inside it’s mostly dead wood.  And there’s very little fruit on such a
vine.  Fruit happens on new growth, on buds that have been spurred into
action by careful pruning.  That’s the first point of this analogy this
morning.  The Father prunes us for fruitfulness.

Before we can
understand this image fully, Iwe need to understand precisely what the
“fruit” is that Jesus is talking about.  I’m going to invoke the
general editorship of the Holy Spirit here, and suggest that “fruit”
generally means the same thing, no matter who says it, whether Jesus,
John, or Paul.  In his letter to the Galatians, Paul says that the
“fruit of the Spirit” at work in us through the Word is this:  love,
joy, peace, patience, kindness, goodness, faithfulness, gentleness,
self-control.  It’s a singular fruit, not multiple fruits.  This is the
fruit I think Jesus is referring to when He talks about His disciples
being fruitful branches joined to Him. 

“Being fruitful” isn’t
about how much work you can do for Jesus or how many disciples you can
notch for the kingdom.  Jesus isn’t giving His disciples a punch list
of things to do.  He’s telling them what flows from a heart that trusts
Him, that clings to His death for life, that believes His Word:  love,
joy, peace, patience, kindness, goodness, faithfulness, gentleness,
self-control.

Fruit happens more or less automatically when
the branch is healthy and properly pruned.  I have a grape vine growing
in my backyard that produces a lot of fruit without a lot of effort.
It seems to come more or less automatically.  I can’t imagine a branch
agonizing over its fruit production, or trying to squeeze out fruit
from a dead branch.  If the vine is alive, and the life of the vine is
flowing out to the branching, fruit happens.  it happens so much that
you have to thin out the fruit too.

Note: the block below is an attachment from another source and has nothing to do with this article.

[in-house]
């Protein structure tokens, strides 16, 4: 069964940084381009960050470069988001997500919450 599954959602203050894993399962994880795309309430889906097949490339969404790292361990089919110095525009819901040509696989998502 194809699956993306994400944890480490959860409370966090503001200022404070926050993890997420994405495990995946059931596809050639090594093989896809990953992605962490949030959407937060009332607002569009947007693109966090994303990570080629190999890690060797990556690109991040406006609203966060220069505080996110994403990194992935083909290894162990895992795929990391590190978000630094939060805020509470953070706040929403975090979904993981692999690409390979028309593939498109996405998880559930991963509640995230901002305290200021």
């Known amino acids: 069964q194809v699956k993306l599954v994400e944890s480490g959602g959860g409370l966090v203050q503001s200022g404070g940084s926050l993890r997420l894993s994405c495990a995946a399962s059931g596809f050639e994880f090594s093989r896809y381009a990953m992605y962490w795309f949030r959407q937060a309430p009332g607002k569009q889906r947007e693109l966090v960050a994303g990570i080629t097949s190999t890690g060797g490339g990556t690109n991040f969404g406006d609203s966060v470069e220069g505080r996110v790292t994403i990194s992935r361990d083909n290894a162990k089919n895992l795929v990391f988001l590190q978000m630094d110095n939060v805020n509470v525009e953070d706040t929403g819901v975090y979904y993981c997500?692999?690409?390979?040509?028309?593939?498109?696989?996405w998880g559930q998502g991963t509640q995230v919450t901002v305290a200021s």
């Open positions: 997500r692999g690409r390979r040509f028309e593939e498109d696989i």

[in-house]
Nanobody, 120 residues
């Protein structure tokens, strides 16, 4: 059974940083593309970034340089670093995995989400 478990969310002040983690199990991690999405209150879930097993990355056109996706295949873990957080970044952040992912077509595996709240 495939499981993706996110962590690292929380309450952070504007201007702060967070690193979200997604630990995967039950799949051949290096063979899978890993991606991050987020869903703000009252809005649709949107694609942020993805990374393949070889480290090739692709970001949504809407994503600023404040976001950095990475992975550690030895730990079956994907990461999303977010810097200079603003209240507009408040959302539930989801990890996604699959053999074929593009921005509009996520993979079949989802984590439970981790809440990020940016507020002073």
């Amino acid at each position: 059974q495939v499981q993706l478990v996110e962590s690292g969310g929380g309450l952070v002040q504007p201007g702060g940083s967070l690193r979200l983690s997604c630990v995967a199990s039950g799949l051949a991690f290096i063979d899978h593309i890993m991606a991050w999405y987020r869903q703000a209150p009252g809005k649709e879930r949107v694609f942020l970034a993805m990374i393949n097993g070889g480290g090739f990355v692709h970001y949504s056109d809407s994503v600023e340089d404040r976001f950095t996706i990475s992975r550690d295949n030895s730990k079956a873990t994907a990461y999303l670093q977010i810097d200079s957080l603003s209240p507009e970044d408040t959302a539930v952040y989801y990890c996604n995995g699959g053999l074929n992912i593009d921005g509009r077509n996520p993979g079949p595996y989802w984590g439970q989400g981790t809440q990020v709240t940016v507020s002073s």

Now if anything impedes
the flow of juices from the main vine to a branch, the branch will
wither and die and become fruitless dead wood.  Dead wood is what the
Father’s pruning clippers are after.  Going back to Galatians, we might
say that the dead wood is our own sinful self which gets in the way of
Jesus having His way with us.  Paul calls these things the “works of
the flesh,” and give us some examples, sex outside of marriage,
homosexuality, adultery, immoral living, idolatry, witchcraft or
sorcery, fighting, arguing, jealousy, anger, selfishness, divisions and
the spirit of division, envy, drunkenness, carousing, that sort of
thing. 

These are the things that Jesus died to take away from
us.  These are the things we died to in our Baptism.  This is what
Jesus absorbed into His death and buried in His tomb.  These are the
dead works of unbelief, of the death of Adam at work in us and in the
world around us.  “In Adam we die.”  These things need to be cut away
and burned up.  And so the Father prunes away the dead wood, whatever
gets in the way of Jesus life flowing through us.

Pruning can be
painful.  The branch suffers loss and injury.  When I prune that grape
vine in winter, it’s not a pretty sight.  When I’m done, all that’s
left are a few short stubs with a couple of buds on each of them.  But
that’s where the growth comes that makes fruit.

“Why do bad
things happen to good people?” we ask.  Why do bad things happen to
me?  Why does God permit tragedy to occur?  Why does He let people lose
house and home and job and honor?  The answer from today’s reading
comes this way:  He prunes every branch in Jesus that bears no fruit,
while every branch that does bear fruit he prunes so that it will be
even more fruitful.  You’re being pruned, not punished.  Pruned by the
Master Gardner to produce greater love, joy, peace, patience, kindness,
goodness, faithfulness, gentleness, self-control that you could ever
imagine.

And that is the experience of many Christians.  It
isn’t until they experience suffering and loss, until they’ve done some
“Job time,” that they discover a depth of love, joy, peace that would
have remained hidden.  Two weeks ago, a series of tornados ripped
through a small town in Missouri and completely devastated the town,
including a large church.  There was a picture in the paper last week
of the congregation worshipping outdoors, in front of the rubble of
their church.  They set up hundreds of folding chairs set up in front
of a large, makeshift altar.  They were caring for each other instead